- “God has not rejected His people whom He foreknew (Rom. 11:2)3;
- “For He was foreknown before the foundation of the world, but has appeared in these last times for the sake of you” (1 Pet. 1:20)4; and
- “You therefore, beloved, knowing this beforehand, be on your guard so that you are not carried away by the error of unprincipled
men and fall from your own steadfastness” (2 Pet. 3:17).
God knows all future events perfectly, including the grace-enabled free, moral choices of human beings. What He foreknows will happen is certain to happen.
While some of these certainties are necessary, others are truly contingent (capable of taking place in more than one way). It is not contrary to Scripture to say that, whereas the free acts of morally responsible persons are contingent, the freedom to choose does not contradict certainty.
The same event can be both certain from the standpoint of God’s foreknowledge and contingent from the standpoint of human choice. God’s foreknowledge of an event does not demand causation of that event.
It is also true that some events (such as prophecy) are necessary and as such are produced by providentially guided causes that allow no other possibility. “That God knows which choice I will make (so long as we consider knowing as ‘mere’ knowledge) in no way necessitates the choice.
Then the future is both certain and open; it will not be closed until it occurs. The action is, therefore, truly contingent and really can go either way, even though the way it will go (to write tautology again) is the way it will go.”5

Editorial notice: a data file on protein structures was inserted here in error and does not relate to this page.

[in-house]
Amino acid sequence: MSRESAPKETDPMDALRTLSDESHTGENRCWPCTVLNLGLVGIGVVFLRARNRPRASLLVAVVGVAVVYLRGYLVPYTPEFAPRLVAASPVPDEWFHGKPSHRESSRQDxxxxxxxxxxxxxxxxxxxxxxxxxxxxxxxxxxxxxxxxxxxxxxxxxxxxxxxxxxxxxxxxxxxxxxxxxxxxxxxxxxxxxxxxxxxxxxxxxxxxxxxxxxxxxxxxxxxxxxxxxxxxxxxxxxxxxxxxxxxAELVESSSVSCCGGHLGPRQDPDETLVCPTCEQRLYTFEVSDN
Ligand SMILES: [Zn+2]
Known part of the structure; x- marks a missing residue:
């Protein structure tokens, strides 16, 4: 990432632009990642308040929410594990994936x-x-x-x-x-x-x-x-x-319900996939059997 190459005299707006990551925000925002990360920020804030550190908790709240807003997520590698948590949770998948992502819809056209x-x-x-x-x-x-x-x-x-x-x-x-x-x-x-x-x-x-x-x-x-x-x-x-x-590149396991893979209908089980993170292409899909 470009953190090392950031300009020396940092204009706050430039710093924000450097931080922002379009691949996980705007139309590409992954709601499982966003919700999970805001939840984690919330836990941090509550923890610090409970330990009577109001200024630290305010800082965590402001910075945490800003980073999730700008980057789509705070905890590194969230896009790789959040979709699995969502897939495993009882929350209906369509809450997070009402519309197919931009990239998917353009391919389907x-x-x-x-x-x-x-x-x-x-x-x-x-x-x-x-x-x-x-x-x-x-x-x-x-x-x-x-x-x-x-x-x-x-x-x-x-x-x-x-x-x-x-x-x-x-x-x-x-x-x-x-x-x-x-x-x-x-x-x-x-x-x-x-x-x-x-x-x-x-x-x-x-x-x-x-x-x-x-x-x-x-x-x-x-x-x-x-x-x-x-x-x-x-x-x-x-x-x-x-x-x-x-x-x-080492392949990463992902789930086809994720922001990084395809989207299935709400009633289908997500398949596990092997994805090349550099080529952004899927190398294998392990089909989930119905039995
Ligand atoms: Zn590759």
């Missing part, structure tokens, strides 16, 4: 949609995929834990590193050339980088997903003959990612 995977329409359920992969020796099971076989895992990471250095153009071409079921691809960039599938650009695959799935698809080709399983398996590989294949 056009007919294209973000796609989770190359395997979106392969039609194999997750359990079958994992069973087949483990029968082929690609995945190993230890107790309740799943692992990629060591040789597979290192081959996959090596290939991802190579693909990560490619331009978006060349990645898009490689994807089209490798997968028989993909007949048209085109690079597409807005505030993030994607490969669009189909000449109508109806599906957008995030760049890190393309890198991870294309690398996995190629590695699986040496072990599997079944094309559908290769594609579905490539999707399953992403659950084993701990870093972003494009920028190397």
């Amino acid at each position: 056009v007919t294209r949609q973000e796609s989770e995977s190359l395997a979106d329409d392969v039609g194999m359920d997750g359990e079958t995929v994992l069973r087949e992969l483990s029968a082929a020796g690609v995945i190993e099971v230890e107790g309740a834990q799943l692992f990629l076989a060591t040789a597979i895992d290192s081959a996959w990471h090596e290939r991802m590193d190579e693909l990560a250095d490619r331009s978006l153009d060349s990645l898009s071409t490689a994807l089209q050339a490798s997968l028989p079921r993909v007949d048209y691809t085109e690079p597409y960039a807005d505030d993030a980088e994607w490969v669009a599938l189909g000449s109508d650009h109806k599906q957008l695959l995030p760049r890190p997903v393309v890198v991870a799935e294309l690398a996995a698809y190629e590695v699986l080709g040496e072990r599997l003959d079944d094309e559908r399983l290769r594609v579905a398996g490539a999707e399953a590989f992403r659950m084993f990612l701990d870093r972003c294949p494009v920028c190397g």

1 Among the advocates of open theism are Clark Pinnock, Richard Rice, John Sanders, William Hasker, David Basinger and Gregory Boyd.
2 Forster & Marston, God’s Strategy in Human History, 205: “The foreknowledge [Paul] has in view implies a complete understanding of them, of their characters, their weaknesses, and their reactions. He is saying that God completely understood those to whom he gave the destiny of being
conformed to the image of Christ.”
3 Forster & Marston offer two possible interpretations of this verse: (1) God knew that Israel would reject Christ, yet he made promises to them and will not go back on them now (i.e., he foreknew “their thinking and actions”); or (2) that “God entered into a personal relationship with Israel before their
later unbelief to which Paul refers.” The concept of choice would be present in (2) but only as a necessary component of entering a personal relationship (p. 194).
4 Forster & Marston, 193: “God foreknew the redemptive function of the Messiah before history began, but its actual manifestation did not come until the New Covenant.” This focuses on the “foreknow…but manifested in these times” contrast.
5 Robert E. Picirilli, “Foreknowledge, Freedom, And The Future,” JETS, Vol. 43, 2000 p. 263.
Dr. Allan P. Brown teaches such courses as Christian Beliefs, Doctrine of Holiness, Wisdom Literature, Hebrew, Preaching Holiness, Romans and Galatians, and Letters to the Hebrews.
He has been on faculty at GBSC since 1996 and is the author of several books and articles.
Dr. Brown also speaks at churches, camp meetings, revivals and more.